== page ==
“If we find lots of planets like ours…we’ll know it’s likely that we aren’t alone, and that someday we might be able to join other intelligent life in the universe.” — William Borucki (chief investigator for Kepler mission)

We do know water exists in other places, including our very own solar system. One of Jupiter’s moons, Europa, is covered in ice with liquid water underneath it. It has also been found that Mars once had water on it judging by mineral records and the existence of Martian ice on its poles. With our understanding of life, organisms need water to survive. So, when we find planets or even moons with ice on them then we can at least know that life could exist on it.

One of the biggest things in our search for alien life outside of Earth is the sheer amount of stars in the universe. There are millions of galaxies that each holds millions (if not trillions) of stars each. The idea that humans are the only lifeforms to ever exist in the universe is a stretch, and statistically speaking with the sheer amount of stars in the galaxy the idea that we are the only life is very low.

Not only do we look for life in exoplanets with Kepler, but we also use radio waves to search for life. All around the world there are stations set up that can monitor radio frequencies given by far-off planets. In fact, there is a study called “Breakthrough Listen” that scientists have begun that listens to radio frequencies to detect radio bursts. Earlier this year Breakthrough listen received specific bursts of radio frequencies coming from a very distant galaxy which got alien addicts very curious. Were the bursts aliens trying to contact other life? Possibly, although scientists believe it could be something else, we might never actually know the true cause of these bursts.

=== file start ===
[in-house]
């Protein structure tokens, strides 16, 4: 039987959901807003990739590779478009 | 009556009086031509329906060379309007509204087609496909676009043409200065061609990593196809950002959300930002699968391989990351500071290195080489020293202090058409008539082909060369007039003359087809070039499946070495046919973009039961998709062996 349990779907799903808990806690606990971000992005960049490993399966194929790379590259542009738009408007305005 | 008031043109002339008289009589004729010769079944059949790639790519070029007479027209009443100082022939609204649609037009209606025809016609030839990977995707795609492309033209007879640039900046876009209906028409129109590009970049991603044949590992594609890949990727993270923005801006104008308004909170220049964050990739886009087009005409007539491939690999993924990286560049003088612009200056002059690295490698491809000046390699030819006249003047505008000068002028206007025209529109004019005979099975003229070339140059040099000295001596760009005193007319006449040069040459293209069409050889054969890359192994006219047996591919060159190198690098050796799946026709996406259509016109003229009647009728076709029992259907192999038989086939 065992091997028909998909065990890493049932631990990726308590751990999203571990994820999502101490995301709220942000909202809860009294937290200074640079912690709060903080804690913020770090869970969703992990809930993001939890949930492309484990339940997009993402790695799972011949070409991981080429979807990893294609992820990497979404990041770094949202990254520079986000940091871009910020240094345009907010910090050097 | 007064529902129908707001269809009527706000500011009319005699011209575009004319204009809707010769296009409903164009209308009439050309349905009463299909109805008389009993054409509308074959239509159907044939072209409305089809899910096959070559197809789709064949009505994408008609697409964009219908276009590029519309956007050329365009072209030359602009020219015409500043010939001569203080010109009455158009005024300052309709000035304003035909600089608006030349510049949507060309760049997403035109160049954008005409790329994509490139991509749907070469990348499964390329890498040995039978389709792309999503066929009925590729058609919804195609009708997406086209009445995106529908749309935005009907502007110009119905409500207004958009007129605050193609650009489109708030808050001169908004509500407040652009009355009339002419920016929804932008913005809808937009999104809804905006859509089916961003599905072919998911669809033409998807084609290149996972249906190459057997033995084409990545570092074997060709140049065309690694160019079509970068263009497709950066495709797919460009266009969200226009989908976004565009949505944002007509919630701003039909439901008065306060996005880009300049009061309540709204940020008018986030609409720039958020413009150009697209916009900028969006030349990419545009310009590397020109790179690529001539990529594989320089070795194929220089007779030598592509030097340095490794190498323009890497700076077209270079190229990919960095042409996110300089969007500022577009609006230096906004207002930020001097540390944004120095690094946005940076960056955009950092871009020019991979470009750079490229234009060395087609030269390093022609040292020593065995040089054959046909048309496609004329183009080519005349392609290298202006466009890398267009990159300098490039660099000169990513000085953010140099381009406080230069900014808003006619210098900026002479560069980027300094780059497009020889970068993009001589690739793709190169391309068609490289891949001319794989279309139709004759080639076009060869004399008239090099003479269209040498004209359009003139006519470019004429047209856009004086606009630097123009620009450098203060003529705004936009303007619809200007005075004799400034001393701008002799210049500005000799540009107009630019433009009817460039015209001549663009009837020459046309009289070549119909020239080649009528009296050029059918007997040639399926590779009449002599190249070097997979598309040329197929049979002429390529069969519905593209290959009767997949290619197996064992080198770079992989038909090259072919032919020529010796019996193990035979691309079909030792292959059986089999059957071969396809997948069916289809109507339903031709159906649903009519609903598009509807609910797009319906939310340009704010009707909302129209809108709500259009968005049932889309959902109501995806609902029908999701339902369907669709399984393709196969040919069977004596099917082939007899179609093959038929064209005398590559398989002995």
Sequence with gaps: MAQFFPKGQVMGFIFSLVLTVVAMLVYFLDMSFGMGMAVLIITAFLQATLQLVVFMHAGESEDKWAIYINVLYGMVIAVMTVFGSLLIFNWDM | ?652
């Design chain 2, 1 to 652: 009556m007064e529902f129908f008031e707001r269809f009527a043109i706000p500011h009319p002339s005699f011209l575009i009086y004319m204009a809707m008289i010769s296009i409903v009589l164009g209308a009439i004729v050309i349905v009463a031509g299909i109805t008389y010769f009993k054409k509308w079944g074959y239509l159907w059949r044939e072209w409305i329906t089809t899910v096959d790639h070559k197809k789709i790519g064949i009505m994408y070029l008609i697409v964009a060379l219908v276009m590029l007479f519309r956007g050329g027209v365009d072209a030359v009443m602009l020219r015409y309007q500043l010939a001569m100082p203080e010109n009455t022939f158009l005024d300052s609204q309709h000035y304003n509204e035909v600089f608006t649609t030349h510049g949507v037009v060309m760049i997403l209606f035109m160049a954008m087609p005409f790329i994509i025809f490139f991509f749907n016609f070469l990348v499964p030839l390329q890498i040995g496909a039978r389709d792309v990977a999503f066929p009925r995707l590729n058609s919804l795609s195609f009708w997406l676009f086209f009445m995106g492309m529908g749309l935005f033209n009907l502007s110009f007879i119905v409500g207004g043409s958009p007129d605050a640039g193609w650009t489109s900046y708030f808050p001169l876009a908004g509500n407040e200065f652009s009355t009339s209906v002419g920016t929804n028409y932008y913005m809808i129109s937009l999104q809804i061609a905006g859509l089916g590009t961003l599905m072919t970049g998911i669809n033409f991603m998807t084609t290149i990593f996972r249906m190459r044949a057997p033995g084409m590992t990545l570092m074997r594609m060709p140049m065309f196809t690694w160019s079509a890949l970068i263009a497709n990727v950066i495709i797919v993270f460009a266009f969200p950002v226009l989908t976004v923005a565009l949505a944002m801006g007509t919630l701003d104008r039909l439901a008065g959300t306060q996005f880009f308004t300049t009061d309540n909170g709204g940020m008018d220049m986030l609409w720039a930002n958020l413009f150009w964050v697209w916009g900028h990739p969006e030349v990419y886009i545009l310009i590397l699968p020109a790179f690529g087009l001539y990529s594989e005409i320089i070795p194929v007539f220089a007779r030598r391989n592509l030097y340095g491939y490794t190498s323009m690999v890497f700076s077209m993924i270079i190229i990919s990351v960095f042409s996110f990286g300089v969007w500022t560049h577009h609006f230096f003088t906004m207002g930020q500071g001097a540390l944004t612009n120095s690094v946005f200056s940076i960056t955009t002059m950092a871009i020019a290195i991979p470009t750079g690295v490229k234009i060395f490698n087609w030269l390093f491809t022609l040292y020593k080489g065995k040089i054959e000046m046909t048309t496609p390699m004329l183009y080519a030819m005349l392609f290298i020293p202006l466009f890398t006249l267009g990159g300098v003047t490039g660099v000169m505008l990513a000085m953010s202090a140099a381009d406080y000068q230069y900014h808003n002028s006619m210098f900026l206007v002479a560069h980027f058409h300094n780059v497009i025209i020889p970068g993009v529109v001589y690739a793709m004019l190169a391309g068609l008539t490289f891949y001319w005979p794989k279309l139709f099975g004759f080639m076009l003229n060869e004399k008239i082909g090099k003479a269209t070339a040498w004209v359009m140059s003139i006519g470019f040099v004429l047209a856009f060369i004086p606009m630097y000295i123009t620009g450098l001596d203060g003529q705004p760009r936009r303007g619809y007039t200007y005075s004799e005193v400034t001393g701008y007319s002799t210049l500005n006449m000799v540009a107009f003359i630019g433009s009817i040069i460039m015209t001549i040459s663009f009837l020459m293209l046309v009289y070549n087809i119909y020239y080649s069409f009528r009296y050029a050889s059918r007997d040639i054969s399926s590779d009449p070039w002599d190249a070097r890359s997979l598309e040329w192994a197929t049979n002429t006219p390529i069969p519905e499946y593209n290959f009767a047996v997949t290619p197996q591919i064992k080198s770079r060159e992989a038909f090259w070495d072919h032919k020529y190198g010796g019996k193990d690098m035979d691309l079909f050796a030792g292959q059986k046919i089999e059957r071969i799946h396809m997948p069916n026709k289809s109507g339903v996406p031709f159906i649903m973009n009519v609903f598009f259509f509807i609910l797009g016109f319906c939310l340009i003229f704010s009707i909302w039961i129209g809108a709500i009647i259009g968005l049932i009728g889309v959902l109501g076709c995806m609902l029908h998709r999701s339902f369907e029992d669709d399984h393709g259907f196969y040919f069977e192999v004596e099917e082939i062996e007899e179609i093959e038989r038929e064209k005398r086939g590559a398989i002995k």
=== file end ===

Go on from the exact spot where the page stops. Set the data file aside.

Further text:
Artist’s rendering of the Kepler telescope in space. Image source: NASA

So the question remains; could aliens exist? In short, yes, they could very well exist and they may very well be sentient life with intelligence that humans have. Just because we don’t have rock-solid proof yet does not mean that there aren’t lifeforms in the entire expanse of the universe. Some NASA scientists believe that with our technology we could find proof of alien life as early as 2030, but they also say that it would actually require quite a bit of luck. With all the stars out there we would have to come across the right one that has life on it.

“I believe alien life is quite common in the universe, although intelligent life is less so. Some say it has yet to appear on planet Earth.” — Stephen Hawking

With all the technological advances that humans have made in the past 50 years, and the active search scientists are conducting, we have an incredible chance of finding life out there so we can answer the question if we are alone or not. A “lie detector” test done by analyzing the voices of dead astronauts does not prove the existence of alien life of any sort. What will prove alien life is the hard work that scientists put in every day to try to answer the burning question that humans have had since the dawn of man; are we alone in the universe?